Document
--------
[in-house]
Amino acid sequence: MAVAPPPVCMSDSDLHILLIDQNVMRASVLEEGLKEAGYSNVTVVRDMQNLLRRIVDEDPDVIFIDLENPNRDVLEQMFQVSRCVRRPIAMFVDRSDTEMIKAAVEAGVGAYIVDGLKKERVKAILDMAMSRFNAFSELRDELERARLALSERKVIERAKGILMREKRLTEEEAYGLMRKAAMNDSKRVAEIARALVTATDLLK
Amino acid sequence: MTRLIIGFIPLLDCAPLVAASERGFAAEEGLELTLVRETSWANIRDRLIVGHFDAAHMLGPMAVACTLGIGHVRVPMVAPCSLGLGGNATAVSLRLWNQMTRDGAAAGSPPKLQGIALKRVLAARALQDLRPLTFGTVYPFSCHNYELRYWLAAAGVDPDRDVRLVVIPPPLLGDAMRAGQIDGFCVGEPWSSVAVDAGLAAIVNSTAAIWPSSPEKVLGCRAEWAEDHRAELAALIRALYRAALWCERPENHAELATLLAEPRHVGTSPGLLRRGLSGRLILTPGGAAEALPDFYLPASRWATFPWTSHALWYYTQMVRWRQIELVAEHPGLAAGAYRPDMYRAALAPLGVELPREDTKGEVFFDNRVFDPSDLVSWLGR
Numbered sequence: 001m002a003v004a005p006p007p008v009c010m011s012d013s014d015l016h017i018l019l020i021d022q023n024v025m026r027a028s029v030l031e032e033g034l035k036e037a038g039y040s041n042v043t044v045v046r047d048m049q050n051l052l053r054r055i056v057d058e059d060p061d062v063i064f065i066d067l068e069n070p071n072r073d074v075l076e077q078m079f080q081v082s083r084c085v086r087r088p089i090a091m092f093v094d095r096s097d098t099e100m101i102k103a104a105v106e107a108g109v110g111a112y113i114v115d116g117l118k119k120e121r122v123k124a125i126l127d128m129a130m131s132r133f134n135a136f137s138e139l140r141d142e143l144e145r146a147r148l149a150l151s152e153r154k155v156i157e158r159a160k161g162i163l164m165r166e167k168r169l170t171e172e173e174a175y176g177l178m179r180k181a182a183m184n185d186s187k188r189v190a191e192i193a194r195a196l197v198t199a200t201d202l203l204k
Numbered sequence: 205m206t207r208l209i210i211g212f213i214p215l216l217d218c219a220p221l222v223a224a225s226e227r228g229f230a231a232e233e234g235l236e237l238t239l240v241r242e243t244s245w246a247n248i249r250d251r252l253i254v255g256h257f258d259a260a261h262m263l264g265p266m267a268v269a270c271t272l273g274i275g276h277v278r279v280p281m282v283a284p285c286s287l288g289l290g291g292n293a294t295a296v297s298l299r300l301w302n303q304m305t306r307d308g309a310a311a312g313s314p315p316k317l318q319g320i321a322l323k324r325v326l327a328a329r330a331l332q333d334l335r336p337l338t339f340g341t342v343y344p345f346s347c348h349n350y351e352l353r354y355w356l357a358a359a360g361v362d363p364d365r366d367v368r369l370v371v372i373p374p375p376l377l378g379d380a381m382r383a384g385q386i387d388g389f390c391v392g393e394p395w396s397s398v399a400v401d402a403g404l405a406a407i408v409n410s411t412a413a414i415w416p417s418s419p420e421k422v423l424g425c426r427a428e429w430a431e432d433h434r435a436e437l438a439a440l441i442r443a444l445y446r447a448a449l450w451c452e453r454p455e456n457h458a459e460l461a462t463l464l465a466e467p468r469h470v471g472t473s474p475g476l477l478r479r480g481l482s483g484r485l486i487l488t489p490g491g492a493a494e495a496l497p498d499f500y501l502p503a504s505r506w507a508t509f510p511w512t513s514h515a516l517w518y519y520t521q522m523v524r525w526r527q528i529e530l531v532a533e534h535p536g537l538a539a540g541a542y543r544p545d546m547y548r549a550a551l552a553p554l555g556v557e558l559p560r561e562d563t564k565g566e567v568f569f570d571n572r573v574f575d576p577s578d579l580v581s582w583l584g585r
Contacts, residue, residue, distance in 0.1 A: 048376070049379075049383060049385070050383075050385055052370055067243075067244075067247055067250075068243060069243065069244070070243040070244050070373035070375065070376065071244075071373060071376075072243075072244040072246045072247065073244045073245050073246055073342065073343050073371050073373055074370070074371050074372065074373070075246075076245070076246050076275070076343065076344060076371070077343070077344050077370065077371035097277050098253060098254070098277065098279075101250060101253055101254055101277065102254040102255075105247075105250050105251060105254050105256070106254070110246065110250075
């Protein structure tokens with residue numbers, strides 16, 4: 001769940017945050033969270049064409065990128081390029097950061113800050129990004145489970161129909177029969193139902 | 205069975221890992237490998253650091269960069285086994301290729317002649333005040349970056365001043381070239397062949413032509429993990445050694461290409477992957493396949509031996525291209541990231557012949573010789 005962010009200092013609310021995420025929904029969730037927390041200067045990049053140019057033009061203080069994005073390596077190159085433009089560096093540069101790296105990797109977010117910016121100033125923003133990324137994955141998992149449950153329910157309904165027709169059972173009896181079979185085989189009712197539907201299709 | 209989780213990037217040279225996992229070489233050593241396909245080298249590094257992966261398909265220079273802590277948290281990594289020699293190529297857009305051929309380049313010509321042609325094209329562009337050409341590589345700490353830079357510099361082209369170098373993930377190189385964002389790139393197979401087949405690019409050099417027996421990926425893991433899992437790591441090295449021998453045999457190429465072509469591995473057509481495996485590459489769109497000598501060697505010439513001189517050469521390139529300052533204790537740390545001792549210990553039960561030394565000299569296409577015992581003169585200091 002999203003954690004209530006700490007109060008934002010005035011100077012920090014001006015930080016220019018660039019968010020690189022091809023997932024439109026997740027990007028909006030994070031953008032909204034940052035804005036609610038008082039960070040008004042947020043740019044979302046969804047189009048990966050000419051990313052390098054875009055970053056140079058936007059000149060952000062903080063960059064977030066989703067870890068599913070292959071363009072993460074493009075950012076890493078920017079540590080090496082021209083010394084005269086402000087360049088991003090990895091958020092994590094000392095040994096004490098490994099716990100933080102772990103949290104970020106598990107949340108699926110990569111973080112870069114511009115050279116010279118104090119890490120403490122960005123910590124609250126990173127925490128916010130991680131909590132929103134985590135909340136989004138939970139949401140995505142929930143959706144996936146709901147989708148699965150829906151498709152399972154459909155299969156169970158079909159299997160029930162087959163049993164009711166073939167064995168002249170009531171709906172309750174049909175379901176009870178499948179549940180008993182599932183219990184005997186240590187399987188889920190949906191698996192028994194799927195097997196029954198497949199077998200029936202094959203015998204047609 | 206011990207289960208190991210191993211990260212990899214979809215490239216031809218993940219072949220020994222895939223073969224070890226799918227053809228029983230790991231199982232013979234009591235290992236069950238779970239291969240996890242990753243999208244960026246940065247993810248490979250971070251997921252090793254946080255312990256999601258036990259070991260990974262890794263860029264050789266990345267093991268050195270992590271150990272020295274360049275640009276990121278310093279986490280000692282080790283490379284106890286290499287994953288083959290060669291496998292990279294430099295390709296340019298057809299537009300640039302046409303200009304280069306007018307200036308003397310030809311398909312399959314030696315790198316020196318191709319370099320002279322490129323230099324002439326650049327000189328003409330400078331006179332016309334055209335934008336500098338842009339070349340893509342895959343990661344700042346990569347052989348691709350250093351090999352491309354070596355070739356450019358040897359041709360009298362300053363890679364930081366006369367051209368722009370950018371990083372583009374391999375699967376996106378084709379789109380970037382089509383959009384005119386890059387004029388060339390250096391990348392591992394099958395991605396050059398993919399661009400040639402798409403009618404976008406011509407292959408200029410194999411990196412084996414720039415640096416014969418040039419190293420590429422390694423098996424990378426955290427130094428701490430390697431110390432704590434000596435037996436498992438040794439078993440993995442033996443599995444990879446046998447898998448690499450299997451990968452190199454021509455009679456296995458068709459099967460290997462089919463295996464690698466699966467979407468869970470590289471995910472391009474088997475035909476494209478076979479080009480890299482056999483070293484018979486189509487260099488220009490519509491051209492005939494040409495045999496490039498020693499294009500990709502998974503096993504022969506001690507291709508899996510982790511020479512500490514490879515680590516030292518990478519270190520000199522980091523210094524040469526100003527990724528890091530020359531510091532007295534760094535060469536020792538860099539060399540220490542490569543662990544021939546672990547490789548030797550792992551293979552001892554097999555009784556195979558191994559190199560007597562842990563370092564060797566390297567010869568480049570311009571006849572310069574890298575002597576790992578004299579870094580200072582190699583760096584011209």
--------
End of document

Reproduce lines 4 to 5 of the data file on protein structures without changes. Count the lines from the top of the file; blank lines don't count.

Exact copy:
Numbered sequence: 001m002a003v004a005p006p007p008v009c010m011s012d013s014d015l016h017i018l019l020i021d022q023n024v025m026r027a028s029v030l031e032e033g034l035k036e037a038g039y040s041n042v043t044v045v046r047d048m049q050n051l052l053r054r055i056v057d058e059d060p061d062v063i064f065i066d067l068e069n070p071n072r073d074v075l076e077q078m079f080q081v082s083r084c085v086r087r088p089i090a091m092f093v094d095r096s097d098t099e100m101i102k103a104a105v106e107a108g109v110g111a112y113i114v115d116g117l118k119k120e121r122v123k124a125i126l127d128m129a130m131s132r133f134n135a136f137s138e139l140r141d142e143l144e145r146a147r148l149a150l151s152e153r154k155v156i157e158r159a160k161g162i163l164m165r166e167k168r169l170t171e172e173e174a175y176g177l178m179r180k181a182a183m184n185d186s187k188r189v190a191e192i193a194r195a196l197v198t199a200t201d202l203l204k
Numbered sequence: 205m206t207r208l209i210i211g212f213i214p215l216l217d218c219a220p221l222v223a224a225s226e227r228g229f230a231a232e233e234g235l236e237l238t239l240v241r242e243t244s245w246a247n248i249r250d251r252l253i254v255g256h257f258d259a260a261h262m263l264g265p266m267a268v269a270c271t272l273g274i275g276h277v278r279v280p281m282v283a284p285c286s287l288g289l290g291g292n293a294t295a296v297s298l299r300l301w302n303q304m305t306r307d308g309a310a311a312g313s314p315p316k317l318q319g320i321a322l323k324r325v326l327a328a329r330a331l332q333d334l335r336p337l338t339f340g341t342v343y344p345f346s347c348h349n350y351e352l353r354y355w356l357a358a359a360g361v362d363p364d365r366d367v368r369l370v371v372i373p374p375p376l377l378g379d380a381m382r383a384g385q386i387d388g389f390c391v392g393e394p395w396s397s398v399a400v401d402a403g404l405a406a407i408v409n410s411t412a413a414i415w416p417s418s419p420e421k422v423l424g425c426r427a428e429w430a431e432d433h434r435a436e437l438a439a440l441i442r443a444l445y446r447a448a449l450w451c452e453r454p455e456n457h458a459e460l461a462t463l464l465a466e467p468r469h470v471g472t473s474p475g476l477l478r479r480g481l482s483g484r485l486i487l488t489p490g491g492a493a494e495a496l497p498d499f500y501l502p503a504s505r506w507a508t509f510p511w512t513s514h515a516l517w518y519y520t521q522m523v524r525w526r527q528i529e530l531v532a533e534h535p536g537l538a539a540g541a542y543r544p545d546m547y548r549a550a551l552a553p554l555g556v557e558l559p560r561e562d563t564k565g566e567v568f569f570d571n572r573v574f575d576p577s578d579l580v581s582w583l584g585r